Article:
BWI's new noise official faces a growing roar

June 07, 1994|By Katherine Richards | Katherine Richards,Sun Staff Writer

It's a good thing Robert "Rudy" Rudolph, the new noise abatement chief at Baltimore-Washington International Airport, likes a challenge.

One night last week, 28 people called the airport's hot line to complain about airplane noise. The federal government limits what he can do about it, and more aircraft are flying in and out of his airport every year.

Mr. Rudolph, 39, who took over April 27, has landed in a job where he must ensure that BWI's controversial noise abatement plan can cope with increasing air traffic while complying with federal regulations. And he must deal with neighbors already angry because of airport noise.

"I love airports and airplanes, and I love challenges," he says.

A former pilot, Mr. Rudolph replaces Robert Talbery, who retired in March. He comes to his $46,200 position as the Maryland Aviation Administration's Director of Aviation Noise and Abatement from a job as superintendent of operations at Snohomish County Airport in Everett, Wash.

Michael West, BWI's associate administrator for planning and engineering, said he recommended Mr. Rudolph because of his noise abatement experience in Washington, and because of his familiarity with air traffic control, stemming from his background as a pilot.

Mr. Rudolph flew Boeing 727s for Pan American World Airways until shortly before Pan Am went out of business. Before that, he was a flight instructor and operations manager for the Navy.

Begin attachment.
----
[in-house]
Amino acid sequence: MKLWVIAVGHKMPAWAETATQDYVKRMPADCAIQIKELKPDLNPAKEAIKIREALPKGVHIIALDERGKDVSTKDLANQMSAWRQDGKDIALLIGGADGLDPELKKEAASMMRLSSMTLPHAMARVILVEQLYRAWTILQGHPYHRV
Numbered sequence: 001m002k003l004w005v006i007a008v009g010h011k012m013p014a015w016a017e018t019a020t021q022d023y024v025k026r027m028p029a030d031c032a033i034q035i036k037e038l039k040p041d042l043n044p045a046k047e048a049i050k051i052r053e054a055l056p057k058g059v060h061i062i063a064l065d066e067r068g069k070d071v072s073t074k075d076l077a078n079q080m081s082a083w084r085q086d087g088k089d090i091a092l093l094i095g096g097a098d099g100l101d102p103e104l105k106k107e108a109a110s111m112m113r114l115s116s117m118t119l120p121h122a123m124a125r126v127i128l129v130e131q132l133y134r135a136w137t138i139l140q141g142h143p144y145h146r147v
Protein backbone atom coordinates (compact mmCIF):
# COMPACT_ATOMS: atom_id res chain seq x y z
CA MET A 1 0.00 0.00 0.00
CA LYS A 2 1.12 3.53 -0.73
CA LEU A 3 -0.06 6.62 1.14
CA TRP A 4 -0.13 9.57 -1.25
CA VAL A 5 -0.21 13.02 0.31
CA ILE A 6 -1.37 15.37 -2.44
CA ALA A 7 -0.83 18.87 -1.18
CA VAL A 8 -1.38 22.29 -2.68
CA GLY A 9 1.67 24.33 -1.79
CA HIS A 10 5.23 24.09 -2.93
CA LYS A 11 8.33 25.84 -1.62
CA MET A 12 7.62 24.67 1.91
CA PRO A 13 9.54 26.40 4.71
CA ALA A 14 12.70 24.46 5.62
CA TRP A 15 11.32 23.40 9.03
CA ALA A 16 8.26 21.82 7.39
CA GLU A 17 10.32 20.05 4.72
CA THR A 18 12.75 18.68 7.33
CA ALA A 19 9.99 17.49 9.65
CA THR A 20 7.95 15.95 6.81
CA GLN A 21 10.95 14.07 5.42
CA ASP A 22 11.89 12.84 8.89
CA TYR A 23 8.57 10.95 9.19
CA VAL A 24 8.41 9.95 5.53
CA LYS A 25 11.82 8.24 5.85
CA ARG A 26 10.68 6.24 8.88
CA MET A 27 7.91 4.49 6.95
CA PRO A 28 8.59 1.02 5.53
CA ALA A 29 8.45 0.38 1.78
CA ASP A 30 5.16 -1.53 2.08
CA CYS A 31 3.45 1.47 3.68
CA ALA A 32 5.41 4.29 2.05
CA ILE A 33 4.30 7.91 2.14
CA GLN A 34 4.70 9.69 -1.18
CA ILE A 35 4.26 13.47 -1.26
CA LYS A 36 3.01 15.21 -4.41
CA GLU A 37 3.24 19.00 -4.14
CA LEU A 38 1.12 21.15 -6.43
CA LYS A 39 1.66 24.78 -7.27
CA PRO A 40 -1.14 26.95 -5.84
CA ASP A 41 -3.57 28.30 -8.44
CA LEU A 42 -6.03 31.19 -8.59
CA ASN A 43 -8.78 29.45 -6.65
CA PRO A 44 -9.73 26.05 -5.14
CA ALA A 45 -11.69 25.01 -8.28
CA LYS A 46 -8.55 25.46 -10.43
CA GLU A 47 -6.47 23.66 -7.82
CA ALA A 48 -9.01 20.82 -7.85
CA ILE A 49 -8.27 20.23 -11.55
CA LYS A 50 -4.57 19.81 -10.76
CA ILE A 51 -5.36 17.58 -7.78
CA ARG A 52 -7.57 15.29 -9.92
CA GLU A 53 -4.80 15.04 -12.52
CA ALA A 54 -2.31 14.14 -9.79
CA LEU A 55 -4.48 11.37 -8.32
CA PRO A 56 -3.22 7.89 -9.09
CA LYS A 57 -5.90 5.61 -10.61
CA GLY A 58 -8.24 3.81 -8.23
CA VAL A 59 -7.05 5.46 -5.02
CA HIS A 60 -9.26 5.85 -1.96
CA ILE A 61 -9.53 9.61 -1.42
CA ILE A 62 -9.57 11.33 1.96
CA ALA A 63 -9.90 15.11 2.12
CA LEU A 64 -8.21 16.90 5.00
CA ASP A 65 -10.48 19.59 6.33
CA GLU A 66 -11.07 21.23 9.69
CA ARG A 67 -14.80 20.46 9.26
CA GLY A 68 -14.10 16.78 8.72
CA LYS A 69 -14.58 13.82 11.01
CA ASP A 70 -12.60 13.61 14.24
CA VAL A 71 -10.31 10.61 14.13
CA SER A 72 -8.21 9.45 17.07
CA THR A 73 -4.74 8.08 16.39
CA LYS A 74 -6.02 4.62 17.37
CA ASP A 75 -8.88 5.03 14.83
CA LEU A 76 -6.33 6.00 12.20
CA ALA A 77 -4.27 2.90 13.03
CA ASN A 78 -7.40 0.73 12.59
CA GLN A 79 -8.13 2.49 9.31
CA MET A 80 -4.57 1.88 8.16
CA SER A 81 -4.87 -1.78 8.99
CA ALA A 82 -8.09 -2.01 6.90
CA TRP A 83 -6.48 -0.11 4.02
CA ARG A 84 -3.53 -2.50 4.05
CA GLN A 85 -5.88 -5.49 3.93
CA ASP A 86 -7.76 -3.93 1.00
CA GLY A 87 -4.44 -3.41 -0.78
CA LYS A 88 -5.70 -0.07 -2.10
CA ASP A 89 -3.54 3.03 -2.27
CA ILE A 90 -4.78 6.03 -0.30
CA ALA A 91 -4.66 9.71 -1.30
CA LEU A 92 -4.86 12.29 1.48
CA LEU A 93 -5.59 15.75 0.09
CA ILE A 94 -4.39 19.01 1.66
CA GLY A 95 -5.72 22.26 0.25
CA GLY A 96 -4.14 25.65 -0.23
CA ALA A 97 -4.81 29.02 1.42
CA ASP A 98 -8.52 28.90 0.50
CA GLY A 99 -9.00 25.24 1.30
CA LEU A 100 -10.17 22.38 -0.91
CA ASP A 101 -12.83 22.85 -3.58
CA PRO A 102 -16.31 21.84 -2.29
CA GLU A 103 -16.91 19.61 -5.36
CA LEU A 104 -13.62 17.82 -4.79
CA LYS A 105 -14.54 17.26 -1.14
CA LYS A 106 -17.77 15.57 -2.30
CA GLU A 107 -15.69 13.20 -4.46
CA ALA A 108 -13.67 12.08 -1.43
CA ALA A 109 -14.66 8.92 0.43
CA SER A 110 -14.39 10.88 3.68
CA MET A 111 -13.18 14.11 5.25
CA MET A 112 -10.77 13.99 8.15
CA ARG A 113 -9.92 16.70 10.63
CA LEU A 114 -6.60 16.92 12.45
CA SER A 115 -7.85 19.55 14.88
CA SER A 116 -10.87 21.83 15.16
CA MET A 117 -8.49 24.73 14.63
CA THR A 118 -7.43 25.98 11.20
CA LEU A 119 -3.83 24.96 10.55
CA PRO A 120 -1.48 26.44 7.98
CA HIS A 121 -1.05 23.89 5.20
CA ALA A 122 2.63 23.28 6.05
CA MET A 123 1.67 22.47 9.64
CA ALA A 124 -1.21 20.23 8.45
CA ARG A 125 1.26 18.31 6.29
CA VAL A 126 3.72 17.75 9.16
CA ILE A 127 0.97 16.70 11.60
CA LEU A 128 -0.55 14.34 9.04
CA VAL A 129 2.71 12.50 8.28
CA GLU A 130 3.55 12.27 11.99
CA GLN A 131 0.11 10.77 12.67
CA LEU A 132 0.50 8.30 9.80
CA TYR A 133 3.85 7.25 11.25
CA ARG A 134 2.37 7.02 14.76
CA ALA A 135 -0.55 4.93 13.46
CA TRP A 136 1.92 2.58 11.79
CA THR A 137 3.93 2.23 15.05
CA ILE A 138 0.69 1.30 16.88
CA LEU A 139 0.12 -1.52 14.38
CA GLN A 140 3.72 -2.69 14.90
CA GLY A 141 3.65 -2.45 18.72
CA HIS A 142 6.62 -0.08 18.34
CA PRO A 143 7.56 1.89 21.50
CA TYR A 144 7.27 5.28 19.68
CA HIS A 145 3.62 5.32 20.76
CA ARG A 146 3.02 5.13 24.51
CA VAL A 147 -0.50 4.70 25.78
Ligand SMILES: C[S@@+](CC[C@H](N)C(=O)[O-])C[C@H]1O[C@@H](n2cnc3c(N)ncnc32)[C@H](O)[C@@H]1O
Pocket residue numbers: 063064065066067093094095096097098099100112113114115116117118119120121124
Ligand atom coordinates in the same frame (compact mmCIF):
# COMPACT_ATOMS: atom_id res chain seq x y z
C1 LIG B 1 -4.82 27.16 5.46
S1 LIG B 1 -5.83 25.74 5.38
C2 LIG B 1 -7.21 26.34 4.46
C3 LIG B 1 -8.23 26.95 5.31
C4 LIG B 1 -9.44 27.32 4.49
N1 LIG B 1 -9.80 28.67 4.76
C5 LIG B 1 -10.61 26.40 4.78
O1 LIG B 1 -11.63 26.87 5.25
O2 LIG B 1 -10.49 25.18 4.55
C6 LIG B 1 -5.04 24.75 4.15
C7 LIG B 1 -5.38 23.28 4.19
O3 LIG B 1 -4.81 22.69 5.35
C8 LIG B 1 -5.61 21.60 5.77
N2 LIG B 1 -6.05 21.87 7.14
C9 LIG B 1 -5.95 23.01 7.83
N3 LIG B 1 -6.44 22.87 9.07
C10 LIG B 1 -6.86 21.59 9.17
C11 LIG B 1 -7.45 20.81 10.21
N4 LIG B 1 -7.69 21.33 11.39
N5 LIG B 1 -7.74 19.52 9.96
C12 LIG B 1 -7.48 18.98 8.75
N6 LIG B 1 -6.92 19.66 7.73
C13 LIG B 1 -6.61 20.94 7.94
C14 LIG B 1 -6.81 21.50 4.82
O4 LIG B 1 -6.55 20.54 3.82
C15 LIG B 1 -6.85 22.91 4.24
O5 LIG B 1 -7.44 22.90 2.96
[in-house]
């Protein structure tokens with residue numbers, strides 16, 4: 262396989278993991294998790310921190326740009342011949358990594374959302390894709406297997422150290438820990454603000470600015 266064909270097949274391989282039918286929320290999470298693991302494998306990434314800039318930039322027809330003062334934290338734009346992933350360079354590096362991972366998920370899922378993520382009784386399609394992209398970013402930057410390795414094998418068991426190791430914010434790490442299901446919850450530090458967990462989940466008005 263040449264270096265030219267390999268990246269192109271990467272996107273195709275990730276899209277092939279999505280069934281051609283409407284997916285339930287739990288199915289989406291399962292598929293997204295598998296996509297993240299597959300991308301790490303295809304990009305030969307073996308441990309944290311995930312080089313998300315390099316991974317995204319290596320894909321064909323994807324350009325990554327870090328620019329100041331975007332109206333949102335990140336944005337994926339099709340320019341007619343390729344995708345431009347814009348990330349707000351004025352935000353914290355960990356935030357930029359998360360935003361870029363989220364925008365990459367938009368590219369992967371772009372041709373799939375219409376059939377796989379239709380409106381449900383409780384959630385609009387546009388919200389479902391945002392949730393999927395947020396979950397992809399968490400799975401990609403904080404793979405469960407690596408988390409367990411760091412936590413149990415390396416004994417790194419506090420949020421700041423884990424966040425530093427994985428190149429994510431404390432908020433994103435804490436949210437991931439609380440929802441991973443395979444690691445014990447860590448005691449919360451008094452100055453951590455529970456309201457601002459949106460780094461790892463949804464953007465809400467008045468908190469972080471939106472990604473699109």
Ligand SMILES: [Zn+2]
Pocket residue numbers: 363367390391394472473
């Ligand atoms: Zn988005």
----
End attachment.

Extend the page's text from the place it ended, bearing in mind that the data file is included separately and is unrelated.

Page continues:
In Everett, he was the public relations representative for noise-related matters, an experience that will come in handy as he wrestles with BWI's noise abatement plan.

Mr. Rudolph, who refers to the callers as "customers," says he will try to establish a personal relationship with frequent callers, to see if he can address their concerns.

In Everett, Mr. Rudolph supervised the airport's noise abatement program, and helped write a noise study required to obtain federal funding for airport noise abatement programs. One of his main administrative duties this year will be to update BWI's version of that study.

Mr. Rudolph also must keep airport noise within limits set by state legislators even though traffic is mushrooming. In March, the airport handled more than a million passengers, setting a new monthly record.

Mr. Rudolph should be helped by federal rules being phased in by the turn of the century that will force airlines to switch to quieter planes, equip noisy planes with hush kits, or replace old, loud engines with new, quieter ones.

But he says it is not clear how long the noise reductions from quieter aircraft will be able to offset noise increases generated by more planes using the airport.

BWI can initiate some noise-control measures, such as redesigning landing and takeoff patterns, limiting the use of planes' engines while the aircraft are on the ground, and soundproofing or purchasing homes in the airport noise area. However, the airport administrators' actions are circumscribed by federal rules protecting interstate commerce and controlling air traffic.

Ultimately, Mr. Rudolph says, it will be up to the governor and the state legislature to decide whether traffic at BWI must be limited to keep airport noise at acceptable levels.

Meanwhile, he says he is happy with his new job.

"The timing was perfect," he says, because his wife, a naval aviator, was being transferred to Andrews Air Force Base.

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